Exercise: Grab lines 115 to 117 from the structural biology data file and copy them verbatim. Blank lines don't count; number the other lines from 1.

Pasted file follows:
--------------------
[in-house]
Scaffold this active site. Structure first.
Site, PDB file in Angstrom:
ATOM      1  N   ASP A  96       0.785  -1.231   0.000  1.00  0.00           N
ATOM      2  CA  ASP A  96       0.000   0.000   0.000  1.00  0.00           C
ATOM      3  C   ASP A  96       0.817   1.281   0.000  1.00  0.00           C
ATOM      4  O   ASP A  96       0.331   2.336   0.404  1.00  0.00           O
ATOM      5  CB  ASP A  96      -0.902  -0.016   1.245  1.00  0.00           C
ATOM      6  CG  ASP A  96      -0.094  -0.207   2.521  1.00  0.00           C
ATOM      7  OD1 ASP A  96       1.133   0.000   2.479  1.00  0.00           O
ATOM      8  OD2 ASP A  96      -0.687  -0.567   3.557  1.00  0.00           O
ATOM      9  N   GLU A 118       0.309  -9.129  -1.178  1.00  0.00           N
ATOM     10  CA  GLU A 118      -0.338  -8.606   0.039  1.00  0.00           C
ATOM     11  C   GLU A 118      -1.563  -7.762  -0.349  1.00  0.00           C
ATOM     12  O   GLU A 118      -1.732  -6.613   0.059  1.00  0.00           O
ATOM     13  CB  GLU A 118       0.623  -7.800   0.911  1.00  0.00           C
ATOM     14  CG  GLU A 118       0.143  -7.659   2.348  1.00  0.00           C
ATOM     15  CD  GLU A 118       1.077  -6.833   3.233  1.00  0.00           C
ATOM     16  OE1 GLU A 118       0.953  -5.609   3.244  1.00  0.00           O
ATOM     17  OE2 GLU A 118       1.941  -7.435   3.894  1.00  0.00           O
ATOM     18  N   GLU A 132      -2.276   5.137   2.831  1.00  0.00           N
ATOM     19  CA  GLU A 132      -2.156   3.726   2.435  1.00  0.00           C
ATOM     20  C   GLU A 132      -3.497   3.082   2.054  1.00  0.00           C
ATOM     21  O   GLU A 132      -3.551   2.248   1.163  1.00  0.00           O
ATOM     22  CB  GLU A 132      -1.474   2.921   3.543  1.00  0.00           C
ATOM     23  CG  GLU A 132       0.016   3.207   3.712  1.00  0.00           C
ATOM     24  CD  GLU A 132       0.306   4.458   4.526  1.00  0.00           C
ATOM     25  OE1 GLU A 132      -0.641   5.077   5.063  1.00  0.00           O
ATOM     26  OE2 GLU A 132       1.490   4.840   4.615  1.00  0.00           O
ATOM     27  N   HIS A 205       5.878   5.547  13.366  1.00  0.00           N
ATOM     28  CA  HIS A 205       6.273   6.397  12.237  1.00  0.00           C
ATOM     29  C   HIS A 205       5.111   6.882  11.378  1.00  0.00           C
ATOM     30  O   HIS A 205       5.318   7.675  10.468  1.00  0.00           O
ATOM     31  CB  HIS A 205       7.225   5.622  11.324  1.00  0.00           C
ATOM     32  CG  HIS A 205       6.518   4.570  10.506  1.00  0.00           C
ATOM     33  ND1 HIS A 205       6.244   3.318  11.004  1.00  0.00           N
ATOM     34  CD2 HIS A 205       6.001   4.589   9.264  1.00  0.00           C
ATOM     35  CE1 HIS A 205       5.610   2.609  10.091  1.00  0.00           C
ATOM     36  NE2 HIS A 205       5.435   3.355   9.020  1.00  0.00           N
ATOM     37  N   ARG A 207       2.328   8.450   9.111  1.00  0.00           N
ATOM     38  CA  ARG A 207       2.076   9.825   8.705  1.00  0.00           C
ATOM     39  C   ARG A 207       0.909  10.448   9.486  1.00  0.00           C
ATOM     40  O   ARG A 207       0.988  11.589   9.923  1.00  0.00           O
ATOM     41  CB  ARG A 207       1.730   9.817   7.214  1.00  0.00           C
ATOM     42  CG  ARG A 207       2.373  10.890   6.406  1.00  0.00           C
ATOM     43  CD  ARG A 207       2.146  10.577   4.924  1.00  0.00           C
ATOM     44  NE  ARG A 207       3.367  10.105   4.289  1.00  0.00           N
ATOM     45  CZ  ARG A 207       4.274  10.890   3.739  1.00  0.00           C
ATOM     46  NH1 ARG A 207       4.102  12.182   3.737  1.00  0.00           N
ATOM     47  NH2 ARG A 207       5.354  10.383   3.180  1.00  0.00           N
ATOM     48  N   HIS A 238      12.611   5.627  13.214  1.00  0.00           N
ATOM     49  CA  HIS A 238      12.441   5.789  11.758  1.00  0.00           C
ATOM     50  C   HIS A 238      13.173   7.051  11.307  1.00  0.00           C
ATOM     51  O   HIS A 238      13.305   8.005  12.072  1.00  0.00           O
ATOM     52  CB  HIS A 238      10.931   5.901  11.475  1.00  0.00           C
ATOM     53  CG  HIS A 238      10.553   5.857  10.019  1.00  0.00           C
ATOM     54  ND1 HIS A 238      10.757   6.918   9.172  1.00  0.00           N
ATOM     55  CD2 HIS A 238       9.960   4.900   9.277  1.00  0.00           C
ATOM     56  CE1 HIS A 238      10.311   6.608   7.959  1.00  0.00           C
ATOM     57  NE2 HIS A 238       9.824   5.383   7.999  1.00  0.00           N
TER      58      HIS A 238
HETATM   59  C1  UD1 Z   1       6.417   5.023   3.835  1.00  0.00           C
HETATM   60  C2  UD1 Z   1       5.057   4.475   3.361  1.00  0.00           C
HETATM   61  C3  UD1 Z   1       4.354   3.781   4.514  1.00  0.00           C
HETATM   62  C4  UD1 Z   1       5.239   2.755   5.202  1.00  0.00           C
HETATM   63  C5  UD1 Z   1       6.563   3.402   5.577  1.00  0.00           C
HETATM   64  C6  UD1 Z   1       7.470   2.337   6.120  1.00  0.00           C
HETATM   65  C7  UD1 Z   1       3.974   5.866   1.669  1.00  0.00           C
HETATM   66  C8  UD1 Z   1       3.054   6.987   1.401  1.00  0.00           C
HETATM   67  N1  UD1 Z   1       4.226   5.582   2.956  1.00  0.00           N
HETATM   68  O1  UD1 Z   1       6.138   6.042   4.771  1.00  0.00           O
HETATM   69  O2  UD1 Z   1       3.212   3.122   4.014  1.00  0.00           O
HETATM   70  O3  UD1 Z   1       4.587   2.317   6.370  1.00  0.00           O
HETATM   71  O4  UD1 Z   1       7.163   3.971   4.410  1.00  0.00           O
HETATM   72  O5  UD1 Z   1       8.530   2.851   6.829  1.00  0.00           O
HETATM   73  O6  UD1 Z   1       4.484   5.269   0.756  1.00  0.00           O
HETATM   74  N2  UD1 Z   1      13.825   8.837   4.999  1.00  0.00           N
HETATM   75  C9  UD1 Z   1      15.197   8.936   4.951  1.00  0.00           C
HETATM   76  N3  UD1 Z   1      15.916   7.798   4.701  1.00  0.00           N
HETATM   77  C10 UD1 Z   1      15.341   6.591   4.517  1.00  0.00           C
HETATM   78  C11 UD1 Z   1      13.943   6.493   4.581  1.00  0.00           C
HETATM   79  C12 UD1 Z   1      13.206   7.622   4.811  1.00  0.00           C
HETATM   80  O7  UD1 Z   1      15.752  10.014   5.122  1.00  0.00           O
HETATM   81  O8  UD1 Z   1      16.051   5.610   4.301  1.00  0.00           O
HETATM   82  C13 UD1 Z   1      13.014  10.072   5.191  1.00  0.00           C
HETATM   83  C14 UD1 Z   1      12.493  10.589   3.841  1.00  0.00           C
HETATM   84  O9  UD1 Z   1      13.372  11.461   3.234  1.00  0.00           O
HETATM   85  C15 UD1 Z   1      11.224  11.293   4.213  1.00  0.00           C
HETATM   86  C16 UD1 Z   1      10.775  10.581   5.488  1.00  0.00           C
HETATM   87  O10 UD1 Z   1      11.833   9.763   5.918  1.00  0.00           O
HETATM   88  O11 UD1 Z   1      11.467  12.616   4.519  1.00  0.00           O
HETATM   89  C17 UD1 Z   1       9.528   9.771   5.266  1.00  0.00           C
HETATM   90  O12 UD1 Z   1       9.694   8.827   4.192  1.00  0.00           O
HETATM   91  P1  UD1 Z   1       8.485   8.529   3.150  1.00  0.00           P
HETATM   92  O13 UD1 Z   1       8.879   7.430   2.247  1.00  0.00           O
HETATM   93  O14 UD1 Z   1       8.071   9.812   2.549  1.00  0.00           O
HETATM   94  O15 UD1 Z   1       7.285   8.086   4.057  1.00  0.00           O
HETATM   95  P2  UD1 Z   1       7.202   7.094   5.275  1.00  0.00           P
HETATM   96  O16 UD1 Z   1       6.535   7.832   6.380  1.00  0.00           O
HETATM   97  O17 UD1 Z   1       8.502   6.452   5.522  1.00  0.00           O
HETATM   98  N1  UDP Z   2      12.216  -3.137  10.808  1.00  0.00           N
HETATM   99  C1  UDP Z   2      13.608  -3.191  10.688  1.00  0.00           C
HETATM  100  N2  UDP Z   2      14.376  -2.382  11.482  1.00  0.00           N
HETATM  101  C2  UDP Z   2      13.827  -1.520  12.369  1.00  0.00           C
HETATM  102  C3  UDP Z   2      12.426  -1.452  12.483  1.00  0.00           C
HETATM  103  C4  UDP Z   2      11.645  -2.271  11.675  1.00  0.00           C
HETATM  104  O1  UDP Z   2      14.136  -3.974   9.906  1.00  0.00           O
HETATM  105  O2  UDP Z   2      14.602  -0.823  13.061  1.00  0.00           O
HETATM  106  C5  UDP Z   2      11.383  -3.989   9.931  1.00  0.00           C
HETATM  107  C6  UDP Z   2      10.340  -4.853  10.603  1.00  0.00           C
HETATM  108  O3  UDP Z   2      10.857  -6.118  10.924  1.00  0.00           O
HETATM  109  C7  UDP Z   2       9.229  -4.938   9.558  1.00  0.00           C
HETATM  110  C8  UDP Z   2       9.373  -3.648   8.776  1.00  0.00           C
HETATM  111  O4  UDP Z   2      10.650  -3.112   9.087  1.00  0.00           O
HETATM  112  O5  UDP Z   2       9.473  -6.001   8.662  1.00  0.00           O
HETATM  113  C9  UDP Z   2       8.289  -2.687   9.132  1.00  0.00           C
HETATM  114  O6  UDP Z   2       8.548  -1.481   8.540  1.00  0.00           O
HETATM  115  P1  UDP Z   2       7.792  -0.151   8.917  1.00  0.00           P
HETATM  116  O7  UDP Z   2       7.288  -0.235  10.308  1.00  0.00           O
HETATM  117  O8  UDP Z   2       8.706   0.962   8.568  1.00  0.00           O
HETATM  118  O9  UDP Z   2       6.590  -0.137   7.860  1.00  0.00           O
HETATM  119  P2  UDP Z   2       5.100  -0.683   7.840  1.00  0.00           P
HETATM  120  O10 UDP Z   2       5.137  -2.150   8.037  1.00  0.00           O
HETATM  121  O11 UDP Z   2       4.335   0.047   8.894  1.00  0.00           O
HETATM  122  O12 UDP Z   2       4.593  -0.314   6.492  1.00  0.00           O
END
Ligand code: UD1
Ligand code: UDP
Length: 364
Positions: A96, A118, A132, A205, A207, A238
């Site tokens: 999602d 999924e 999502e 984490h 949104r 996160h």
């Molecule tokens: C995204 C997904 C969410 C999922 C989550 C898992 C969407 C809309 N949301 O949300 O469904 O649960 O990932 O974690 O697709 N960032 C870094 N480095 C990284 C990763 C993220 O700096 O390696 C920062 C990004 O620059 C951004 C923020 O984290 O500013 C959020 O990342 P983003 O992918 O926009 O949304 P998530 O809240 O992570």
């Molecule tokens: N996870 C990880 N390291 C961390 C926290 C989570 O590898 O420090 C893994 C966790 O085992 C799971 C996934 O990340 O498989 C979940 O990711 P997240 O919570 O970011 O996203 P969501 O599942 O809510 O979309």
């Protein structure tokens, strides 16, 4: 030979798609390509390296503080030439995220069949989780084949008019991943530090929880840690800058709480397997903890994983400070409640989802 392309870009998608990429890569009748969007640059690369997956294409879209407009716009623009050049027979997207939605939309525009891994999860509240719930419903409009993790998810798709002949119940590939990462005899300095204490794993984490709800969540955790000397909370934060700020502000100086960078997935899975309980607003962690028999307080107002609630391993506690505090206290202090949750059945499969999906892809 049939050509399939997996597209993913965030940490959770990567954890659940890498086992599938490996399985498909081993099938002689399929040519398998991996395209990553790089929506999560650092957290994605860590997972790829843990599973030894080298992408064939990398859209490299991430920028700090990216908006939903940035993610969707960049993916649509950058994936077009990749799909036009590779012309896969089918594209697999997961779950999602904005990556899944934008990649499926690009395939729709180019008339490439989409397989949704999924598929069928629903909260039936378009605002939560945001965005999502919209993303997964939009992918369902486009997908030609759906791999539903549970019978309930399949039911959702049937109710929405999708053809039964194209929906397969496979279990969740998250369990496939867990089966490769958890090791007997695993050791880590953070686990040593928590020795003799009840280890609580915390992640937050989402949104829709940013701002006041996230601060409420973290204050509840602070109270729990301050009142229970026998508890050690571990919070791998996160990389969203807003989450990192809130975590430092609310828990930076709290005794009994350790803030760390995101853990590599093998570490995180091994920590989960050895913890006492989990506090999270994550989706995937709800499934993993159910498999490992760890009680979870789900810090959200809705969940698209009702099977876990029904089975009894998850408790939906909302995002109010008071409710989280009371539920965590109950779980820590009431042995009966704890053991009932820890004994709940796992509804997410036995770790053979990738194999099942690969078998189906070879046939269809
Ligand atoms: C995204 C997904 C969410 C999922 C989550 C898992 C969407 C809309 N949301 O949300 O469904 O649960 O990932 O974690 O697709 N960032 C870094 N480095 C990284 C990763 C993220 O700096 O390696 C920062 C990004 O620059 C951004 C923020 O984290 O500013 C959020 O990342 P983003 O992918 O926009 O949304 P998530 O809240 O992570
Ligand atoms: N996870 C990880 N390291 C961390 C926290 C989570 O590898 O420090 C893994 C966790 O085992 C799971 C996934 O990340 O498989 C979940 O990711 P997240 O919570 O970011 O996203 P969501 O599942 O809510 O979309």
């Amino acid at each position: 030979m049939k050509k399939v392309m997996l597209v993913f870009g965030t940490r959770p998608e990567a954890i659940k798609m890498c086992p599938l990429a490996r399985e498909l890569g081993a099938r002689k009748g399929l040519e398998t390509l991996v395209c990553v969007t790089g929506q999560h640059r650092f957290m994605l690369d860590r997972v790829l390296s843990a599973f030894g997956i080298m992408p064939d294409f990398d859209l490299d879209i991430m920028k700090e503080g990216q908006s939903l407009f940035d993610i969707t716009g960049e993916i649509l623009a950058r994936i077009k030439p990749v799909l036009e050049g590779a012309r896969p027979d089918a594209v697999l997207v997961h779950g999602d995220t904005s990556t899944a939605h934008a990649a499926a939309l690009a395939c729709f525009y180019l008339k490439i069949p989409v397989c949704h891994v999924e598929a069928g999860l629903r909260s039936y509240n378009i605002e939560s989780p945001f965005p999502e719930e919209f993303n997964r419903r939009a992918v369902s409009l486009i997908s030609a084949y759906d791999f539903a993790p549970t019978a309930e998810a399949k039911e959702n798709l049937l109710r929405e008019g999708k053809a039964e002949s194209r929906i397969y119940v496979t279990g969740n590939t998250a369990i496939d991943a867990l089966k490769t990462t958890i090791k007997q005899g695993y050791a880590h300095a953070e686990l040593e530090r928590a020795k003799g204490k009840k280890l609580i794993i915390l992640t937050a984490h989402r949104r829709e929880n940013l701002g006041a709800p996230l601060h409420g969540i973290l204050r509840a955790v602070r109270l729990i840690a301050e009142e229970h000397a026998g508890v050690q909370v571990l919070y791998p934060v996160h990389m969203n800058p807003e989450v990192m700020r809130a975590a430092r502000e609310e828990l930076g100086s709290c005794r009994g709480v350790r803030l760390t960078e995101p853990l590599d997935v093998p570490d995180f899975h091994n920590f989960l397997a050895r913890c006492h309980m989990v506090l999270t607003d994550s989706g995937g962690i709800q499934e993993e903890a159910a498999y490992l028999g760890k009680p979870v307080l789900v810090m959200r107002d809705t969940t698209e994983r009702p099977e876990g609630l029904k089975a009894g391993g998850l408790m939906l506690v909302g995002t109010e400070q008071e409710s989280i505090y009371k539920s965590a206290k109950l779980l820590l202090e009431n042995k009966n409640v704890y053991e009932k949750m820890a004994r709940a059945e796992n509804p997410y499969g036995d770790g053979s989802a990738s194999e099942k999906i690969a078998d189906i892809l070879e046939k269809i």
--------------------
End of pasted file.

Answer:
HETATM  112  O5  UDP Z   2       9.473  -6.001   8.662  1.00  0.00           O
HETATM  113  C9  UDP Z   2       8.289  -2.687   9.132  1.00  0.00           C
HETATM  114  O6  UDP Z   2       8.548  -1.481   8.540  1.00  0.00           O